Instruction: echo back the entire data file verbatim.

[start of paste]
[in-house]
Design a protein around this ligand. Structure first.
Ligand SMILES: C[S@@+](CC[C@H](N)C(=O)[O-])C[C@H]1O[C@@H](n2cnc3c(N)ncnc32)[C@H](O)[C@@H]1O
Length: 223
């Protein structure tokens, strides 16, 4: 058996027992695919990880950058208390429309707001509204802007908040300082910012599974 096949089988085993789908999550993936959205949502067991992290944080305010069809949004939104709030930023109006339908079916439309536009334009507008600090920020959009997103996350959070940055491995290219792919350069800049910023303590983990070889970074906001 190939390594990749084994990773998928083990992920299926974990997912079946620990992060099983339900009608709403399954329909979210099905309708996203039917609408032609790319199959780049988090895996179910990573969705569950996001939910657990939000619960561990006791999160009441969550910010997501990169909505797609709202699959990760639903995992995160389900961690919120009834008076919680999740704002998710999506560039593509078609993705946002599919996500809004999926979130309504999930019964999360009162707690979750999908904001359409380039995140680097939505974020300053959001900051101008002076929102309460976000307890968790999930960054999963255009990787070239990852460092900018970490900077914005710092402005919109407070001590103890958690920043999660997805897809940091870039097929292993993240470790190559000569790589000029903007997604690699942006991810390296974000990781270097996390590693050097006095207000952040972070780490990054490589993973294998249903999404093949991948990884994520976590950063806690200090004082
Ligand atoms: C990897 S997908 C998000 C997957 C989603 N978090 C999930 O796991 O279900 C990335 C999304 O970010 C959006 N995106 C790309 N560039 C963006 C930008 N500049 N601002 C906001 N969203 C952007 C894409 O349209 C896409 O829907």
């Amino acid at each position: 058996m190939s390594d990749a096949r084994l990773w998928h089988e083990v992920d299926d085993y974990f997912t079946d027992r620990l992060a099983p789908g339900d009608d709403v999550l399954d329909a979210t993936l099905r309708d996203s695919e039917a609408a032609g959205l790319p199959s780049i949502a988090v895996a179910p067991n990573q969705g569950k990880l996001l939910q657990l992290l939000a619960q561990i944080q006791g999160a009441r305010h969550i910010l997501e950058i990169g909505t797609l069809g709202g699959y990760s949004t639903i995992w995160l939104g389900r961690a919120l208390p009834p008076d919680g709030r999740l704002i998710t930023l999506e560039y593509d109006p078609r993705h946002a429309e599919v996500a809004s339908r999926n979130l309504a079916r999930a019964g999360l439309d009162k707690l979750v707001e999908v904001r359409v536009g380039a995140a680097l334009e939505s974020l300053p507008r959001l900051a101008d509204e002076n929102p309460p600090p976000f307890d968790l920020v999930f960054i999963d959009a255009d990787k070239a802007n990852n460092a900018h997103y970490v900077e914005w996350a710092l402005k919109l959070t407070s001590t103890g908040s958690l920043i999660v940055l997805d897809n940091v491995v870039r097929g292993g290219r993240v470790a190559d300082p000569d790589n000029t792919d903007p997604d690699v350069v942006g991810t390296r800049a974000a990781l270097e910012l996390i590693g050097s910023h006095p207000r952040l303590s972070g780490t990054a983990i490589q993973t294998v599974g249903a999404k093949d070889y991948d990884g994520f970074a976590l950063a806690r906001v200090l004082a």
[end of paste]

[in-house]
Design a protein around this ligand. Structure first.
Ligand SMILES: C[S@@+](CC[C@H](N)C(=O)[O-])C[C@H]1O[C@@H](n2cnc3c(N)ncnc32)[C@H](O)[C@@H]1O
Length: 223
């Protein structure tokens, strides 16, 4: 058996027992695919990880950058208390429309707001509204802007908040300082910012599974 096949089988085993789908999550993936959205949502067991992290944080305010069809949004939104709030930023109006339908079916439309536009334009507008600090920020959009997103996350959070940055491995290219792919350069800049910023303590983990070889970074906001 190939390594990749084994990773998928083990992920299926974990997912079946620990992060099983339900009608709403399954329909979210099905309708996203039917609408032609790319199959780049988090895996179910990573969705569950996001939910657990939000619960561990006791999160009441969550910010997501990169909505797609709202699959990760639903995992995160389900961690919120009834008076919680999740704002998710999506560039593509078609993705946002599919996500809004999926979130309504999930019964999360009162707690979750999908904001359409380039995140680097939505974020300053959001900051101008002076929102309460976000307890968790999930960054999963255009990787070239990852460092900018970490900077914005710092402005919109407070001590103890958690920043999660997805897809940091870039097929292993993240470790190559000569790589000029903007997604690699942006991810390296974000990781270097996390590693050097006095207000952040972070780490990054490589993973294998249903999404093949991948990884994520976590950063806690200090004082
Ligand atoms: C990897 S997908 C998000 C997957 C989603 N978090 C999930 O796991 O279900 C990335 C999304 O970010 C959006 N995106 C790309 N560039 C963006 C930008 N500049 N601002 C906001 N969203 C952007 C894409 O349209 C896409 O829907």
């Amino acid at each position: 058996m190939s390594d990749a096949r084994l990773w998928h089988e083990v992920d299926d085993y974990f997912t079946d027992r620990l992060a099983p789908g339900d009608d709403v999550l399954d329909a979210t993936l099905r309708d996203s695919e039917a609408a032609g959205l790319p199959s780049i949502a988090v895996a179910p067991n990573q969705g569950k990880l996001l939910q657990l992290l939000a619960q561990i944080q006791g999160a009441r305010h969550i910010l997501e950058i990169g909505t797609l069809g709202g699959y990760s949004t639903i995992w995160l939104g389900r961690a919120l208390p009834p008076d919680g709030r999740l704002i998710t930023l999506e560039y593509d109006p078609r993705h946002a429309e599919v996500a809004s339908r999926n979130l309504a079916r999930a019964g999360l439309d009162k707690l979750v707001e999908v904001r359409v536009g380039a995140a680097l334009e939505s974020l300053p507008r959001l900051a101008d509204e002076n929102p309460p600090p976000f307890d968790l920020v999930f960054i999963d959009a255009d990787k070239a802007n990852n460092a900018h997103y970490v900077e914005w996350a710092l402005k919109l959070t407070s001590t103890g908040s958690l920043i999660v940055l997805d897809n940091v491995v870039r097929g292993g290219r993240v470790a190559d300082p000569d790589n000029t792919d903007p997604d690699v350069v942006g991810t390296r800049a974000a990781l270097e910012l996390i590693g050097s910023h006095p207000r952040l303590s972070g780490t990054a983990i490589q993973t294998v599974g249903a999404k093949d070889y991948d990884g994520f970074a976590l950063a806690r906001v200090l004082a």